Afghan Rivals to Meet Again After Inconclusive Doha Talks
Nearly two decades after the US-led invasion toppled the Taliban, fighting continues, killing dozens and pushing millions into poverty.
The latest talks between the Afghan government and Taliban in Doha ended without significant progress Sunday even after the insurgents’ supreme leader said he “strenuously favors” a political settlement to the conflict.
Senior representatives of the Kabul government including head of the High Council for National Reconciliation Abdullah Abdullah flew in for two days of intensive talks as the hardline Islamist movement pushes a sweeping offensive across Afghanistan.
They had sought to revive long-stalled peace talks, but in a joint statement agreed on the need to reach a “just solution” and to meet again “next week.”
Ahead of the second day of talks, Taliban supreme leader Hibatullah Akhundzada had said “the Islamic Emirate strenuously favors a political settlement” despite the group’s lightning victories on the ground.
But the Qatari facilitator of the talks said at the end of the two days that the sides had merely agreed to “work to prevent civilian casualties”, far short of previously agreed ceasefires.
“The two sides agreed to continue negotiations at a high level until a settlement is reached. For this purpose, they will meet again next week,” said Qatar’s counter-terrorism envoy Mutlaq al-Qahtani who oversees the talks for Doha.
For months, the two sides have been meeting intermittently in the Qatari capital, but have achieved little if any notable success. The discussions appear to have lost momentum as the militants made enormous gains on the battlefield.
The high-level meetings between the Republic & the Taliban negotiation teams continues in Doha for the second day. We are looking forward for a positive & constructive outcome. pic.twitter.com/8QHNuUHgcT
— Dr. Abdullah Abdullah (@DrabdullahCE) July 18, 2021
Complex Military Campaigns
Taliban leader Akhundzada has said his group remained committed to forging a solution to end the war, but slammed the group’s opponents for “wasting time”.
The insurgents capitalized on the last stages of the withdrawal of US and other foreign troops from Afghanistan to launch a series of lightning offensives across the country.
The group is now believed to control roughly half of the nation’s 400 districts, several important border crossings, and has laid siege to a string of vital provincial capitals.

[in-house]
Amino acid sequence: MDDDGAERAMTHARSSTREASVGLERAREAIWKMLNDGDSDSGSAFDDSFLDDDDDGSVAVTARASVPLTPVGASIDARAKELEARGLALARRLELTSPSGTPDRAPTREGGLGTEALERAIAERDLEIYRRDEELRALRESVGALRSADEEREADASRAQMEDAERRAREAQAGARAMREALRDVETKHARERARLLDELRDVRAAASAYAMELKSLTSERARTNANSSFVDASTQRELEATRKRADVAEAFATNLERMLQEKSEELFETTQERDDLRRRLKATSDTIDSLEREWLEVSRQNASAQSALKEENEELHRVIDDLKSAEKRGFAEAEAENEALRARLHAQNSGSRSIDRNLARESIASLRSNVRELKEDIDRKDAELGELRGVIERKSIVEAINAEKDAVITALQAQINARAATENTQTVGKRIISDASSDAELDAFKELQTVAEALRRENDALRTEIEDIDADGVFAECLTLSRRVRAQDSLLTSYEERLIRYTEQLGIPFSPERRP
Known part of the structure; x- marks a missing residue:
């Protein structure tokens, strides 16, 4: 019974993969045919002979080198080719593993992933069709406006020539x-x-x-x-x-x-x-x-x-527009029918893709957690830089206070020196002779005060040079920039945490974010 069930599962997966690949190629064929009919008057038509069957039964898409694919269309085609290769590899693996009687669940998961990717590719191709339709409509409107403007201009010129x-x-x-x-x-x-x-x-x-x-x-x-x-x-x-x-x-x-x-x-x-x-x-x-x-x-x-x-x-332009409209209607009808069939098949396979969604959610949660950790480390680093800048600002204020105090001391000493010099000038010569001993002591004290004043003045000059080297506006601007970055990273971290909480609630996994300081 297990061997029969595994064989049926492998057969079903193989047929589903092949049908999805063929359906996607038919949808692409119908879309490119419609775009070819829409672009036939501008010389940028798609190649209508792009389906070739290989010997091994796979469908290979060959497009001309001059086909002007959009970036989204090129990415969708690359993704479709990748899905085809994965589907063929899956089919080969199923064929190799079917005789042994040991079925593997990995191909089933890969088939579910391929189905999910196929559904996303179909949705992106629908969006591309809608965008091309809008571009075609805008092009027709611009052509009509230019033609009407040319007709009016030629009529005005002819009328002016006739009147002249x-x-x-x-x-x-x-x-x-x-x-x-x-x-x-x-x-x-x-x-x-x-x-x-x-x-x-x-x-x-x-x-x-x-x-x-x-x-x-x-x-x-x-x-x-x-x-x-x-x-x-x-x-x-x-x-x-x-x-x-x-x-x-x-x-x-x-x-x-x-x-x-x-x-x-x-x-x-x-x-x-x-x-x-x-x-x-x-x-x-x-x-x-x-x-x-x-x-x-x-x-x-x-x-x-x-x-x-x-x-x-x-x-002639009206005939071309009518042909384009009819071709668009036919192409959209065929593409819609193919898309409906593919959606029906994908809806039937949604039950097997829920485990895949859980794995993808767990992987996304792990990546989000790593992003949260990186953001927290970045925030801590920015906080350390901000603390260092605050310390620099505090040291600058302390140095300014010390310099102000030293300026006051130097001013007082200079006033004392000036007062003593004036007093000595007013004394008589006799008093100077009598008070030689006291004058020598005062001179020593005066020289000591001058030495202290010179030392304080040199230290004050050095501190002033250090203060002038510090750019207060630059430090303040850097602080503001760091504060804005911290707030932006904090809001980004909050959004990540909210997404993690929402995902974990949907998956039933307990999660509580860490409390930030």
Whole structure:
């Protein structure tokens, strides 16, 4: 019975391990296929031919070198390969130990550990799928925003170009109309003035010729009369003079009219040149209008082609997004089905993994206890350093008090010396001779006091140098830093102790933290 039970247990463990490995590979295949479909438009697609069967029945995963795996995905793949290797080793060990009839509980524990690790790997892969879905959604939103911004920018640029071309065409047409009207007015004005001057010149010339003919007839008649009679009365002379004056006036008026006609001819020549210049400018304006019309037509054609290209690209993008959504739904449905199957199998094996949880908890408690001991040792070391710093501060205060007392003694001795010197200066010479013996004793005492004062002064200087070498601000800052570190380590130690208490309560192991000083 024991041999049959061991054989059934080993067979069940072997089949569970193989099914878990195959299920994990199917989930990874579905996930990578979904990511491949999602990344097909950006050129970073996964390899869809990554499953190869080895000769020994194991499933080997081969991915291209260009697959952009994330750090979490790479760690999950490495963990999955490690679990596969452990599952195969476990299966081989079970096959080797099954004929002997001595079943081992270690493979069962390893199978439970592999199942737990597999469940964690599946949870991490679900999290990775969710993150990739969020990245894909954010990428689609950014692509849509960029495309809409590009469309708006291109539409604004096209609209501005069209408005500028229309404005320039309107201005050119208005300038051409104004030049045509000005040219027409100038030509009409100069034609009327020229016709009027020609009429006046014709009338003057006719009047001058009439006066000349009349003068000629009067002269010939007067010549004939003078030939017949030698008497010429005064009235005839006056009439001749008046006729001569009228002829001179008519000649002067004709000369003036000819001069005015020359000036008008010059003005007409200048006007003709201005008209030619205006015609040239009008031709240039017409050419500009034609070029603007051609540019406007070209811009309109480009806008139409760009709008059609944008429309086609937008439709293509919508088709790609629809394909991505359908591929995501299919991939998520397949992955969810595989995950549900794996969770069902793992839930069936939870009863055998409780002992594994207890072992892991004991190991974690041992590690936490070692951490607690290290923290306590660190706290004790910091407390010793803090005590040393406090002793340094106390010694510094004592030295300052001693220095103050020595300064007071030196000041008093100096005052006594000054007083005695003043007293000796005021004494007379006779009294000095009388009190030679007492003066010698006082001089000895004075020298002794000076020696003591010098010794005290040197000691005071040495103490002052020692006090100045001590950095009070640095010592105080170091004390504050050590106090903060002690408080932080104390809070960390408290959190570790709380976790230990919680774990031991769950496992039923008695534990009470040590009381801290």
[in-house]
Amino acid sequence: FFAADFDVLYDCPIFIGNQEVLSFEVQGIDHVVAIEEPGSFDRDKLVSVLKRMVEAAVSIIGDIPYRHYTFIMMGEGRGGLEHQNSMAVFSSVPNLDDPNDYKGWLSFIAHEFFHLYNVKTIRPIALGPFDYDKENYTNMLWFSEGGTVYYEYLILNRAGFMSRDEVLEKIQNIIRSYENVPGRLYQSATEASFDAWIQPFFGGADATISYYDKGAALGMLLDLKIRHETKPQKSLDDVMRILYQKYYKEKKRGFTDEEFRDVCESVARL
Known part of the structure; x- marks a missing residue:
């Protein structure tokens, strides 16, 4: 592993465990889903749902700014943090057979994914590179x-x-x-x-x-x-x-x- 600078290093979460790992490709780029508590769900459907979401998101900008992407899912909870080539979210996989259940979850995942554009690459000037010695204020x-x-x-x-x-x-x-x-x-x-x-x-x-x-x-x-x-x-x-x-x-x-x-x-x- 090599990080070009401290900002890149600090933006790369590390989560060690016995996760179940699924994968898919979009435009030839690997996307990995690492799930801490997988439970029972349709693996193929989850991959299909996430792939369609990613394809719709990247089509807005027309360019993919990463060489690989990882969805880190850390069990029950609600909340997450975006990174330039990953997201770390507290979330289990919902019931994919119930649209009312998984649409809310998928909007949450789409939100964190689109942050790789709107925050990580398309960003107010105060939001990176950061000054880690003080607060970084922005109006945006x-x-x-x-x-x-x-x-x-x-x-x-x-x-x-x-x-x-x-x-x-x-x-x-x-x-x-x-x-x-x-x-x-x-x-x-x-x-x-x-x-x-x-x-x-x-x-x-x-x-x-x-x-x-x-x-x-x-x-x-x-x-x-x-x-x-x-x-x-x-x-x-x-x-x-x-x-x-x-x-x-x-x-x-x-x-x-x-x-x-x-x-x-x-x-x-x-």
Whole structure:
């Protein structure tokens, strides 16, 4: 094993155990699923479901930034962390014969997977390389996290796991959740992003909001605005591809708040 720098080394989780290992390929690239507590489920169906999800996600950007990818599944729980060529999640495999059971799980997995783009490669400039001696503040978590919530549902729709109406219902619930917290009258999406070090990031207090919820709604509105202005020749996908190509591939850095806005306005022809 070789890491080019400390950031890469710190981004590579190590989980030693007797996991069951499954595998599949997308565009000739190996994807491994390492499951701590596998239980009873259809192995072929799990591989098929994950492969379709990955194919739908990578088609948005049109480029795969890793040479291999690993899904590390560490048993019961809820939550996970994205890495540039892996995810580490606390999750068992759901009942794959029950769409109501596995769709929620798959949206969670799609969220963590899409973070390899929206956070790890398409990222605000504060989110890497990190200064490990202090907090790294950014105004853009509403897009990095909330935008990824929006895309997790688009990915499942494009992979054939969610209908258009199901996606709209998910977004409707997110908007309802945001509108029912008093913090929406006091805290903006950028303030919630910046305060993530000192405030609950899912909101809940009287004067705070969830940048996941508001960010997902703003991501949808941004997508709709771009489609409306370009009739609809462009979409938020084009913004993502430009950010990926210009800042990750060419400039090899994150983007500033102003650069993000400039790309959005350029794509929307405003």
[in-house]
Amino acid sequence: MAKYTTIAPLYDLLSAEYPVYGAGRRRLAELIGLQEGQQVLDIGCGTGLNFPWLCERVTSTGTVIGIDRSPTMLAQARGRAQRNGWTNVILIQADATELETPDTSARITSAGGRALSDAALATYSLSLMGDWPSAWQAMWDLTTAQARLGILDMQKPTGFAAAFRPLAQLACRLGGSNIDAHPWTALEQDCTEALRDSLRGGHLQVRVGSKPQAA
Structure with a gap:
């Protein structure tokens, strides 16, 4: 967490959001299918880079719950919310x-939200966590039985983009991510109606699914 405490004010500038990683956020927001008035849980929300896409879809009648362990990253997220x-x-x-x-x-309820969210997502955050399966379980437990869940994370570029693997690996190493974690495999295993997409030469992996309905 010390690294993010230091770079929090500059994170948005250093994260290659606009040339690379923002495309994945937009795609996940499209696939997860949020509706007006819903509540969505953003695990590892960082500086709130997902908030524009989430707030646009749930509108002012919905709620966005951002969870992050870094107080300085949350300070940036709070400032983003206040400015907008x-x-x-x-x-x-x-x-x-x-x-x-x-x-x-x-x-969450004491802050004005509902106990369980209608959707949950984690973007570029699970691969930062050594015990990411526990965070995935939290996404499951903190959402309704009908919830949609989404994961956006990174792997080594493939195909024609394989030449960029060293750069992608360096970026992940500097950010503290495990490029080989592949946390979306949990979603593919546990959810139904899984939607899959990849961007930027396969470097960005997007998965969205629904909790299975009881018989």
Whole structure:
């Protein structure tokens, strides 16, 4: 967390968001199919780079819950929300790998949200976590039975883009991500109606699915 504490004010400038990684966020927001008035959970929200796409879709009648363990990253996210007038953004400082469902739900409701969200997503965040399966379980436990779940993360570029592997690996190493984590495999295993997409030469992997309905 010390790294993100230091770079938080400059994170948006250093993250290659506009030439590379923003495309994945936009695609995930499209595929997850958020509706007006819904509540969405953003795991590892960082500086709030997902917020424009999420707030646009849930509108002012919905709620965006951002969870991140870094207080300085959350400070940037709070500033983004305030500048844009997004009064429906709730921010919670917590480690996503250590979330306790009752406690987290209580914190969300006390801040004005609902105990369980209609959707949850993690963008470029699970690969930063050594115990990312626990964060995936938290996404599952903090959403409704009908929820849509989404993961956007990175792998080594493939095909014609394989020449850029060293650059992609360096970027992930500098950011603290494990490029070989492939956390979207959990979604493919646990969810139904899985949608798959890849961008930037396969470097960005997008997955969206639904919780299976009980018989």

A spokesman for the Afghan security forces said that pro-government fighters had conducted 244 operations, killing 967 “enemy” fighters — including key commanders.
“We have recaptured 24 districts so far, our goal is to retake all the territories… We are ready to defend our country,” Ajmal Omar Shinwari told reporters.
The Taliban have long appeared to be united, operating under an effective chain of command and carrying out complex military campaigns despite perennial rumours of splits within their leadership.
But questions remain over how much control the Taliban’s leaders have over commanders on the ground, and whether they will be able to convince them to abide by a potential agreement if signed.
Despite coming days ahead of the Eid holiday, the leader’s statement notably made no mention of a formal call for a ceasefire.
Over the years, the Taliban have announced a series of short truces during Islamic holidays, initially spurring hopes for a larger reduction of violence.
However, the group has been criticized for using the temporary ceasefires to resupply and reinforce their fighters, allowing them to launch withering onslaughts on Afghanistan’s security forces once the truce expires.
In another sign of the threats facing the Afghan government, on Sunday it said it was recalling its ambassador to Islamabad and all senior diplomats over “security threats.”
The top envoy’s daughter was briefly kidnapped in the Pakistani capital this week.
Islamabad has touted a conference of regional leaders to address the violence after the Eid al-Adha holiday, due to start Monday.
Many in Afghanistan are planning for a subdued Eid festival.
“This year we will not be slaughtering” sheep or goats, as per tradition, said Abdullah, a resident of Jalalabad in Afghanistan’s east.
“It’s because the situation of our country is not good. The fighting is ongoing. We are concerned,” he added.
“People are poor and most of them are worried about the increase in violence.”
The US-led military coalition has been on the ground in Afghanistan for nearly two decades following an invasion launched in the aftermath of the September 11, 2001 attacks.
Fears are growing that Afghan forces will be overwhelmed without vital coalition air support, allowing for a complete Taliban military takeover or the start of a multi-sided civil war in a country awash with weapons following nearly four decades of fighting.